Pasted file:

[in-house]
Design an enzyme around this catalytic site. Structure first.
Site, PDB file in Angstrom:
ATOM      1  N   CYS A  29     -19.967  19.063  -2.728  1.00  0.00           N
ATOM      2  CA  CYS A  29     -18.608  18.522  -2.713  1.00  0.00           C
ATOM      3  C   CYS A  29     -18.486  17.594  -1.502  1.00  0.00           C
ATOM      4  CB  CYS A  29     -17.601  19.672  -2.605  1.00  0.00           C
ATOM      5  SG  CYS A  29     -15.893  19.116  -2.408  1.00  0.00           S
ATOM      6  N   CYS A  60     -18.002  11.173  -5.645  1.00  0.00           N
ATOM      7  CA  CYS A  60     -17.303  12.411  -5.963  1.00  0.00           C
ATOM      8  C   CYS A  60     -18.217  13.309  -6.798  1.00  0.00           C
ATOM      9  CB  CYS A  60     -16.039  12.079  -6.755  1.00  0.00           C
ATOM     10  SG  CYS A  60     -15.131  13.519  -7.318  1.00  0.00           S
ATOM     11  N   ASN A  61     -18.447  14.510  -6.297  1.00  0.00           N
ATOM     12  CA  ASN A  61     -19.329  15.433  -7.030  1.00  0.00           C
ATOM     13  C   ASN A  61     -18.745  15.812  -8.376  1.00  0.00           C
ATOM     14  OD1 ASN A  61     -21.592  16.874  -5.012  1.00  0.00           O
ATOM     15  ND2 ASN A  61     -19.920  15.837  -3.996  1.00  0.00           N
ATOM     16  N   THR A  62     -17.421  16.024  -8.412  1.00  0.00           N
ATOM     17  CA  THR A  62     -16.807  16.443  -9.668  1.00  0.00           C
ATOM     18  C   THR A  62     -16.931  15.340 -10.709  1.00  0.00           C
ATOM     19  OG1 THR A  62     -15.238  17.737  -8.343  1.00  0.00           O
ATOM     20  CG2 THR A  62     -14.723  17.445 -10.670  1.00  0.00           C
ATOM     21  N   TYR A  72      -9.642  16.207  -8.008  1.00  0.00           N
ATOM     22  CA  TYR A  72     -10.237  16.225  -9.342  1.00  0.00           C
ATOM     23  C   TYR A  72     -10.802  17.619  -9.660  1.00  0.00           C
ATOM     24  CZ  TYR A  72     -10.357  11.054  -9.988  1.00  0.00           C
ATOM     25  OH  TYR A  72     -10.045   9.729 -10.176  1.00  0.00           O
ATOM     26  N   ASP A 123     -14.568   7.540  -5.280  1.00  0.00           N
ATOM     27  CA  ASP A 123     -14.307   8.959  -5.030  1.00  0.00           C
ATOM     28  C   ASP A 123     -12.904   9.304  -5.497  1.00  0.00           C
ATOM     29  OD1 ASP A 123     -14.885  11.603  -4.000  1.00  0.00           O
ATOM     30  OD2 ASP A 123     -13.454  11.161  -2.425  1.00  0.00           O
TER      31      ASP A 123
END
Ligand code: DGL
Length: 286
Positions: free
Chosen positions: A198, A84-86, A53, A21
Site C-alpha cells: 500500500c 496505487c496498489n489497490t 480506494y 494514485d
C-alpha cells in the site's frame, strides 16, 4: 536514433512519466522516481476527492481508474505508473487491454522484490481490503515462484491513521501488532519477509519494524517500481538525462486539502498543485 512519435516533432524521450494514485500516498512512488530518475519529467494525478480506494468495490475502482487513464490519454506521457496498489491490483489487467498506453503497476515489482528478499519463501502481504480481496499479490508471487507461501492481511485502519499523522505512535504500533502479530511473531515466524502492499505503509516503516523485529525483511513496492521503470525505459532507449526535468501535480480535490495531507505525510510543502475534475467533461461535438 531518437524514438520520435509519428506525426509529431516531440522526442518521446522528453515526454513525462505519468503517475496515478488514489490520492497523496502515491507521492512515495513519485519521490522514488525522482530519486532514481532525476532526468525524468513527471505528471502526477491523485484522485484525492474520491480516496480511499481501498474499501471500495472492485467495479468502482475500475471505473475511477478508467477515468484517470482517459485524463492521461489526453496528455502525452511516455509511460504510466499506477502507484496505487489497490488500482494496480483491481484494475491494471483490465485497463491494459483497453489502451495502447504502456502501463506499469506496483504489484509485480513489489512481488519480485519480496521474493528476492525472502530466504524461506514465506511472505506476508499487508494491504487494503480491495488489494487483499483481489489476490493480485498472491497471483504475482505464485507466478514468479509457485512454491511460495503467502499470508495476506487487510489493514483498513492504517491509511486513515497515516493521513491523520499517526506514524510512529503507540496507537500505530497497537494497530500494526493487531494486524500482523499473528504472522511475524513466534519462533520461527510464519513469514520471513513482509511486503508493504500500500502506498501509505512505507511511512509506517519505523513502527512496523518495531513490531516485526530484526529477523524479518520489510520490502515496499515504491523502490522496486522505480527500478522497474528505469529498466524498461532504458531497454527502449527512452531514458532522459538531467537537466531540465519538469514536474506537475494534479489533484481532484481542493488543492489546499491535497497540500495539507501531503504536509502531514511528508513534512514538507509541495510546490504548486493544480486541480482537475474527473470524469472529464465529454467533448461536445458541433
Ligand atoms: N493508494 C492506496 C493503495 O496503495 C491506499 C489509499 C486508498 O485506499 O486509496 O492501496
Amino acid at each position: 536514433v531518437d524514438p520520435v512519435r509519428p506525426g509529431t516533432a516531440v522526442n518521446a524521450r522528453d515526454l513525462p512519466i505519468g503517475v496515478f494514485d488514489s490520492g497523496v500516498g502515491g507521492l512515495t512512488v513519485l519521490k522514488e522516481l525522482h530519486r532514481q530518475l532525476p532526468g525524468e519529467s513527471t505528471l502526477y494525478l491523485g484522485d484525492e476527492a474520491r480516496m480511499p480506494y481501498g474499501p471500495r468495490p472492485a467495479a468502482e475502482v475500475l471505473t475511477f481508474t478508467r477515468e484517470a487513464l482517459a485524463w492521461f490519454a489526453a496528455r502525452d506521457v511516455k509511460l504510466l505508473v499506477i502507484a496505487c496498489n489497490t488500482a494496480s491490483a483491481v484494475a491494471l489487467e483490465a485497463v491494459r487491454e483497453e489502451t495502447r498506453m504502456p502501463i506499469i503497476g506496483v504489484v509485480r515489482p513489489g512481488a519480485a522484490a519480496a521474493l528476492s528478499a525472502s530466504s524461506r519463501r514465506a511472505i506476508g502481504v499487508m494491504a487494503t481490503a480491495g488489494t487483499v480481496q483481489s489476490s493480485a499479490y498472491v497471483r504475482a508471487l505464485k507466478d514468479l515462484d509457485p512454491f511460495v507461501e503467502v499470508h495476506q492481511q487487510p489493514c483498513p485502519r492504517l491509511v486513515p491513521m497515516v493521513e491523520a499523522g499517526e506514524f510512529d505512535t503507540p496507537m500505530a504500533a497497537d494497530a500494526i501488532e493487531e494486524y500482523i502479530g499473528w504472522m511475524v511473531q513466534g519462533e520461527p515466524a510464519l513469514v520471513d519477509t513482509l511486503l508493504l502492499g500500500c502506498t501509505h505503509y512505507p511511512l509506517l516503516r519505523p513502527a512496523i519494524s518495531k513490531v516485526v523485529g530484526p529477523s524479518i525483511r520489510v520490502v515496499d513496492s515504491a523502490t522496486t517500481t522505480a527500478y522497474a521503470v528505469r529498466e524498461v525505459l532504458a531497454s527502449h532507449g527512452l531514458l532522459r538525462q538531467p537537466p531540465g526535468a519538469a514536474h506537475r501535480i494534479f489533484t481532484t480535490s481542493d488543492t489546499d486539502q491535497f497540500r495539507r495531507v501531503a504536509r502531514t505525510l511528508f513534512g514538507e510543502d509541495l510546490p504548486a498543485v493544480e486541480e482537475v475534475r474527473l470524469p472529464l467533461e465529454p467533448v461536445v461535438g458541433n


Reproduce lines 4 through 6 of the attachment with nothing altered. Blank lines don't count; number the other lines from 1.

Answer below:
ATOM      1  N   CYS A  29     -19.967  19.063  -2.728  1.00  0.00           N
ATOM      2  CA  CYS A  29     -18.608  18.522  -2.713  1.00  0.00           C
ATOM      3  C   CYS A  29     -18.486  17.594  -1.502  1.00  0.00           C